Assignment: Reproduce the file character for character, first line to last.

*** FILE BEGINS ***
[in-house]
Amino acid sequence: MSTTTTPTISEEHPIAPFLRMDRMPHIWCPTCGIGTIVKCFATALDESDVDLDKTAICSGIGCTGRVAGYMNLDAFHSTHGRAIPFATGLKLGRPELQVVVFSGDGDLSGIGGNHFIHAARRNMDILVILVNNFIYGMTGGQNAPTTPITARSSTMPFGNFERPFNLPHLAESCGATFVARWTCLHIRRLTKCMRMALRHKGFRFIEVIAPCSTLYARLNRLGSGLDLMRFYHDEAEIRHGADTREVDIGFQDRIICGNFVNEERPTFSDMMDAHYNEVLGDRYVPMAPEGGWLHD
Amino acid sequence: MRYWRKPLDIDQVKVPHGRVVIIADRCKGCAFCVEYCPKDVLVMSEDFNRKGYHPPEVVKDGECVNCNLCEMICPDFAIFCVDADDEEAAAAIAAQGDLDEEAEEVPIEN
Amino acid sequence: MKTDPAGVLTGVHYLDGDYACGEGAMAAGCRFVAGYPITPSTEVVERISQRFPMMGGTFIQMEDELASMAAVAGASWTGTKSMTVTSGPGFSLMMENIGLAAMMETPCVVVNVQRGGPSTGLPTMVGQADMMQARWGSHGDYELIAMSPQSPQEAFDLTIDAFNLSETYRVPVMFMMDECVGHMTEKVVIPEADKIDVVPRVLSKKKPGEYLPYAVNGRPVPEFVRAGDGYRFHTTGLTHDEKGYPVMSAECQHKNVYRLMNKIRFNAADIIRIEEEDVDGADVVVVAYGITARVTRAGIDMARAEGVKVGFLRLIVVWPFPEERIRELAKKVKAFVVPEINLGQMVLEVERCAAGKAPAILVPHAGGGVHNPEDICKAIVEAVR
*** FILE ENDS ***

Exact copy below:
[in-house]
Amino acid sequence: MSTTTTPTISEEHPIAPFLRMDRMPHIWCPTCGIGTIVKCFATALDESDVDLDKTAICSGIGCTGRVAGYMNLDAFHSTHGRAIPFATGLKLGRPELQVVVFSGDGDLSGIGGNHFIHAARRNMDILVILVNNFIYGMTGGQNAPTTPITARSSTMPFGNFERPFNLPHLAESCGATFVARWTCLHIRRLTKCMRMALRHKGFRFIEVIAPCSTLYARLNRLGSGLDLMRFYHDEAEIRHGADTREVDIGFQDRIICGNFVNEERPTFSDMMDAHYNEVLGDRYVPMAPEGGWLHD
Amino acid sequence: MRYWRKPLDIDQVKVPHGRVVIIADRCKGCAFCVEYCPKDVLVMSEDFNRKGYHPPEVVKDGECVNCNLCEMICPDFAIFCVDADDEEAAAAIAAQGDLDEEAEEVPIEN
Amino acid sequence: MKTDPAGVLTGVHYLDGDYACGEGAMAAGCRFVAGYPITPSTEVVERISQRFPMMGGTFIQMEDELASMAAVAGASWTGTKSMTVTSGPGFSLMMENIGLAAMMETPCVVVNVQRGGPSTGLPTMVGQADMMQARWGSHGDYELIAMSPQSPQEAFDLTIDAFNLSETYRVPVMFMMDECVGHMTEKVVIPEADKIDVVPRVLSKKKPGEYLPYAVNGRPVPEFVRAGDGYRFHTTGLTHDEKGYPVMSAECQHKNVYRLMNKIRFNAADIIRIEEEDVDGADVVVVAYGITARVTRAGIDMARAEGVKVGFLRLIVVWPFPEERIRELAKKVKAFVVPEINLGQMVLEVERCAAGKAPAILVPHAGGGVHNPEDICKAIVEAVR